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Cedar Bluff church mourns sudden death of Pastor Creed Penlandcomment (0)

January 5, 2006

William Creed Penland, pastor of Farill Baptist Church, Cedar Bluff, died suddenly Dec. 16 while at work at the Cherokee County Jail. He was 57.

His death, thought to have been caused by sudden death syndrome due to coronary artery disease, came as a shock to those close to him.

Penland, who had served as part-time pastor of the Cherokee Baptist Association church for the past six years, was well-loved by church members, co-workers and inmates alike, said Lewis Conaway, fellow corrections officer and pastor of Salem Baptist Church, Piedmont, in Cherokee Association.

“He had only worked full time as a Cherokee County corrections officer for eight months, but the people here loved him,” Conaway said. “It’s been a great loss for all of us here at the jail.”

Penland’s wife, Kay, said it is comforting to her and the couple’s 13-year-old son, Brian, that their husband and father impacted lives through his ministry at both his occupations. “He did a lot of wonderful work, and we are all taking it hard — even the inmates are grieving,” she said. “Nothing’s going to make [this time] easy, but it is comforting to know he did touch so many people.”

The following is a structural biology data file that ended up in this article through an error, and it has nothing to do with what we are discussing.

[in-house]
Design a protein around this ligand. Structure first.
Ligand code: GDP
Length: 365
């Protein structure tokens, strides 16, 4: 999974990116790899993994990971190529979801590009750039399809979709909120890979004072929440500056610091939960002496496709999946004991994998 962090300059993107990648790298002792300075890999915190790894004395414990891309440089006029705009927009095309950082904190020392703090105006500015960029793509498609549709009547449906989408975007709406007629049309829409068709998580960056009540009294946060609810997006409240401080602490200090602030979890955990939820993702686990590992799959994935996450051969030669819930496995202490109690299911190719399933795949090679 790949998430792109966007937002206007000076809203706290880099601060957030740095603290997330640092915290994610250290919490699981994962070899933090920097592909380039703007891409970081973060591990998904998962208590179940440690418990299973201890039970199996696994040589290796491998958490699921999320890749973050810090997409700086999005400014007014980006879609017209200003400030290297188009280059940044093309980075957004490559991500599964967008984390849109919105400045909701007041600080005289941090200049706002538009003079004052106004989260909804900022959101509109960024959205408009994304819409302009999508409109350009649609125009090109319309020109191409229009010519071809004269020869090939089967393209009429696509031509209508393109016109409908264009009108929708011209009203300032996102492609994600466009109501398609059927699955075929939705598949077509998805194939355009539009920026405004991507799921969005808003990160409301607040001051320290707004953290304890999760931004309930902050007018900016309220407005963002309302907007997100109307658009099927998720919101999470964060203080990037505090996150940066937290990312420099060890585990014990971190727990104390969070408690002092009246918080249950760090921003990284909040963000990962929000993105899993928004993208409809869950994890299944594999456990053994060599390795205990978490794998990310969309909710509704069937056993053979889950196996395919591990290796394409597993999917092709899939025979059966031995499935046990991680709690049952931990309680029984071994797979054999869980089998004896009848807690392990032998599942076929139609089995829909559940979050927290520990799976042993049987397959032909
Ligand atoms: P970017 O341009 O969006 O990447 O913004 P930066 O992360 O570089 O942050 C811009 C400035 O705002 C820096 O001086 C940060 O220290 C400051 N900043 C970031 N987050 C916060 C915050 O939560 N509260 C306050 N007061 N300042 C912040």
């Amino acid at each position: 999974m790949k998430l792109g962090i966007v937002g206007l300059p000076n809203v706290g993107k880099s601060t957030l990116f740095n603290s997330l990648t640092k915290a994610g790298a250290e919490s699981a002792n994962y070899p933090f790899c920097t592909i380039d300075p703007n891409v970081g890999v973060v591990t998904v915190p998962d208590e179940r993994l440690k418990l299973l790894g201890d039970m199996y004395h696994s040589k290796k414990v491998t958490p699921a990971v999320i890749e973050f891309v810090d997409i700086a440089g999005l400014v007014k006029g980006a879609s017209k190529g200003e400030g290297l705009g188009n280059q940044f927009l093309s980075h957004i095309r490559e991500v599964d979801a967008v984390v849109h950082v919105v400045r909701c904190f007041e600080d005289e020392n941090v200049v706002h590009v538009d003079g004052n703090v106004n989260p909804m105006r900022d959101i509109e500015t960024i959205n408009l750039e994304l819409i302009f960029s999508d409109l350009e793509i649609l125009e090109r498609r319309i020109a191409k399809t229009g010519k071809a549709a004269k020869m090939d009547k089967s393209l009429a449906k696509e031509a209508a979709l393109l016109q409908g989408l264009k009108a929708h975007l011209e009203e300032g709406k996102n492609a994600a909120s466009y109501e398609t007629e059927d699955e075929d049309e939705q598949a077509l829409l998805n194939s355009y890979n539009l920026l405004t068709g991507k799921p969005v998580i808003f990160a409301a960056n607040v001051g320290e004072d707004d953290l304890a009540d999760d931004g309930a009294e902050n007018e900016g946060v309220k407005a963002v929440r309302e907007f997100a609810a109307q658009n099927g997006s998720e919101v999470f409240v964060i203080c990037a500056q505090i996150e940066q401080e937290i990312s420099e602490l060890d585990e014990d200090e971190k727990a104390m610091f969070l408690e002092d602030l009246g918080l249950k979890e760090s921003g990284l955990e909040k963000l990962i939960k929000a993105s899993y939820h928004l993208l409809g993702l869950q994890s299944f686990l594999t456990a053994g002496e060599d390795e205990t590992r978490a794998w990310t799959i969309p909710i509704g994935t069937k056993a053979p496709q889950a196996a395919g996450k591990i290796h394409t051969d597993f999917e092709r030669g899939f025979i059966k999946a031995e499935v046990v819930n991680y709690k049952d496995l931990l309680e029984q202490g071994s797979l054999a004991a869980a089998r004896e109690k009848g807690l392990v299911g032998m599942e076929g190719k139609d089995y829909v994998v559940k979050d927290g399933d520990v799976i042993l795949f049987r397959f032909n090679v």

Penland, a native of Leicester, N.C., was ordained in 1969. He spent the first half of his more than 30-year ministry preaching and doing missions work on a Cherokee reservation in North Carolina. He and his family then moved to Alabama, where he served as pastor of an independent church in Jamestown before moving on to Farill Baptist.

“We really hated to lose him. He had a good spirit about him — always laughing and always willing to help,” said Wendell Dutton, director of missions for Cherokee Association.

Dutton added that Penland was “a good guy to have as a friend” and made friends easily with everyone he met.

Conaway agreed. “He was fun-loving and easygoing. He always played the guitar at church, and his church had good relationships with the other churches in the association,” he said. “And at the jail, most of them (the inmates) talk about how he understood them and could relate to them. He was a good man.” (TAB)

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